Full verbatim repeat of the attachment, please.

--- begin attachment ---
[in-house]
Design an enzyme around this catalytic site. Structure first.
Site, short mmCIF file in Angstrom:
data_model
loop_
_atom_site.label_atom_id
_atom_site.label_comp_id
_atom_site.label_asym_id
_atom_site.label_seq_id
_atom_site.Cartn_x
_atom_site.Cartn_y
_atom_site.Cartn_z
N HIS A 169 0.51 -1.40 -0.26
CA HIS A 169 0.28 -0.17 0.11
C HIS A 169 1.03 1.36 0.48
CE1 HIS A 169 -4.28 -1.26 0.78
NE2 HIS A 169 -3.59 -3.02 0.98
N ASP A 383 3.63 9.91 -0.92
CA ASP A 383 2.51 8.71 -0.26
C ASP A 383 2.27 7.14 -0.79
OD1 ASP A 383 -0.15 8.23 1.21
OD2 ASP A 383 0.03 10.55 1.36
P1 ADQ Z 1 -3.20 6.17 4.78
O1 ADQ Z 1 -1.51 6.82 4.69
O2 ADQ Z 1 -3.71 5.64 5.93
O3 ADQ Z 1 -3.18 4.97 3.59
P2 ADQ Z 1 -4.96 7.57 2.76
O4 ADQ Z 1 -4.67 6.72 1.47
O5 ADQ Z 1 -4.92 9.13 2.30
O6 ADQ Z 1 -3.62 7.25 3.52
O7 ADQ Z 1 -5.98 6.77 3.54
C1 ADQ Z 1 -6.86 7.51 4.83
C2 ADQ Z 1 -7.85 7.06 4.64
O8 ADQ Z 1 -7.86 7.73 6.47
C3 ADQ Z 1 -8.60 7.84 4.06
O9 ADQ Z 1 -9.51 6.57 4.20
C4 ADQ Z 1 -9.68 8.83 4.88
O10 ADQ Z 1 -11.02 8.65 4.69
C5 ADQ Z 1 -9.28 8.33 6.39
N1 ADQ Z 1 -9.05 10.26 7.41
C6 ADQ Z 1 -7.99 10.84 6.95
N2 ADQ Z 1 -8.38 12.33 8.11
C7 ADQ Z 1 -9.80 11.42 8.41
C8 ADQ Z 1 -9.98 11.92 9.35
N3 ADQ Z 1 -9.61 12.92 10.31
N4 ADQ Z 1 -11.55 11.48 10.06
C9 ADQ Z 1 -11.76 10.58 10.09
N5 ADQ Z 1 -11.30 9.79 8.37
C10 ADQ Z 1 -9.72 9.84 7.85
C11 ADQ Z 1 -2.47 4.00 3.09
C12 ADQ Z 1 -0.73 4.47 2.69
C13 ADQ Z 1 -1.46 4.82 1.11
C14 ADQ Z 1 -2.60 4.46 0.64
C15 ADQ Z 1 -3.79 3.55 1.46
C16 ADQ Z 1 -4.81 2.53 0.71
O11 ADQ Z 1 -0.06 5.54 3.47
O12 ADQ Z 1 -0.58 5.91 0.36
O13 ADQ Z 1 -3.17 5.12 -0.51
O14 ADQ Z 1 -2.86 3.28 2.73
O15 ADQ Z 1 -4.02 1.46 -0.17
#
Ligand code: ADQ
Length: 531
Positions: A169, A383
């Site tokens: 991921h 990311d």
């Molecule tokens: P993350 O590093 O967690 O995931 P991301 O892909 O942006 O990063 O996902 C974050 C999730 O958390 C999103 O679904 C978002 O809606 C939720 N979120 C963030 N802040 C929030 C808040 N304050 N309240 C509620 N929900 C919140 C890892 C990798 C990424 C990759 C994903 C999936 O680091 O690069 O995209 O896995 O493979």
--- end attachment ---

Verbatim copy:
[in-house]
Design an enzyme around this catalytic site. Structure first.
Site, short mmCIF file in Angstrom:
data_model
loop_
_atom_site.label_atom_id
_atom_site.label_comp_id
_atom_site.label_asym_id
_atom_site.label_seq_id
_atom_site.Cartn_x
_atom_site.Cartn_y
_atom_site.Cartn_z
N HIS A 169 0.51 -1.40 -0.26
CA HIS A 169 0.28 -0.17 0.11
C HIS A 169 1.03 1.36 0.48
CE1 HIS A 169 -4.28 -1.26 0.78
NE2 HIS A 169 -3.59 -3.02 0.98
N ASP A 383 3.63 9.91 -0.92
CA ASP A 383 2.51 8.71 -0.26
C ASP A 383 2.27 7.14 -0.79
OD1 ASP A 383 -0.15 8.23 1.21
OD2 ASP A 383 0.03 10.55 1.36
P1 ADQ Z 1 -3.20 6.17 4.78
O1 ADQ Z 1 -1.51 6.82 4.69
O2 ADQ Z 1 -3.71 5.64 5.93
O3 ADQ Z 1 -3.18 4.97 3.59
P2 ADQ Z 1 -4.96 7.57 2.76
O4 ADQ Z 1 -4.67 6.72 1.47
O5 ADQ Z 1 -4.92 9.13 2.30
O6 ADQ Z 1 -3.62 7.25 3.52
O7 ADQ Z 1 -5.98 6.77 3.54
C1 ADQ Z 1 -6.86 7.51 4.83
C2 ADQ Z 1 -7.85 7.06 4.64
O8 ADQ Z 1 -7.86 7.73 6.47
C3 ADQ Z 1 -8.60 7.84 4.06
O9 ADQ Z 1 -9.51 6.57 4.20
C4 ADQ Z 1 -9.68 8.83 4.88
O10 ADQ Z 1 -11.02 8.65 4.69
C5 ADQ Z 1 -9.28 8.33 6.39
N1 ADQ Z 1 -9.05 10.26 7.41
C6 ADQ Z 1 -7.99 10.84 6.95
N2 ADQ Z 1 -8.38 12.33 8.11
C7 ADQ Z 1 -9.80 11.42 8.41
C8 ADQ Z 1 -9.98 11.92 9.35
N3 ADQ Z 1 -9.61 12.92 10.31
N4 ADQ Z 1 -11.55 11.48 10.06
C9 ADQ Z 1 -11.76 10.58 10.09
N5 ADQ Z 1 -11.30 9.79 8.37
C10 ADQ Z 1 -9.72 9.84 7.85
C11 ADQ Z 1 -2.47 4.00 3.09
C12 ADQ Z 1 -0.73 4.47 2.69
C13 ADQ Z 1 -1.46 4.82 1.11
C14 ADQ Z 1 -2.60 4.46 0.64
C15 ADQ Z 1 -3.79 3.55 1.46
C16 ADQ Z 1 -4.81 2.53 0.71
O11 ADQ Z 1 -0.06 5.54 3.47
O12 ADQ Z 1 -0.58 5.91 0.36
O13 ADQ Z 1 -3.17 5.12 -0.51
O14 ADQ Z 1 -2.86 3.28 2.73
O15 ADQ Z 1 -4.02 1.46 -0.17
#
Ligand code: ADQ
Length: 531
Positions: A169, A383
């Site tokens: 991921h 990311d």
């Molecule tokens: P993350 O590093 O967690 O995931 P991301 O892909 O942006 O990063 O996902 C974050 C999730 O958390 C999103 O679904 C978002 O809606 C939720 N979120 C963030 N802040 C929030 C808040 N304050 N309240 C509620 N929900 C919140 C890892 C990798 C990424 C990759 C994903 C999936 O680091 O690069 O995209 O896995 O493979």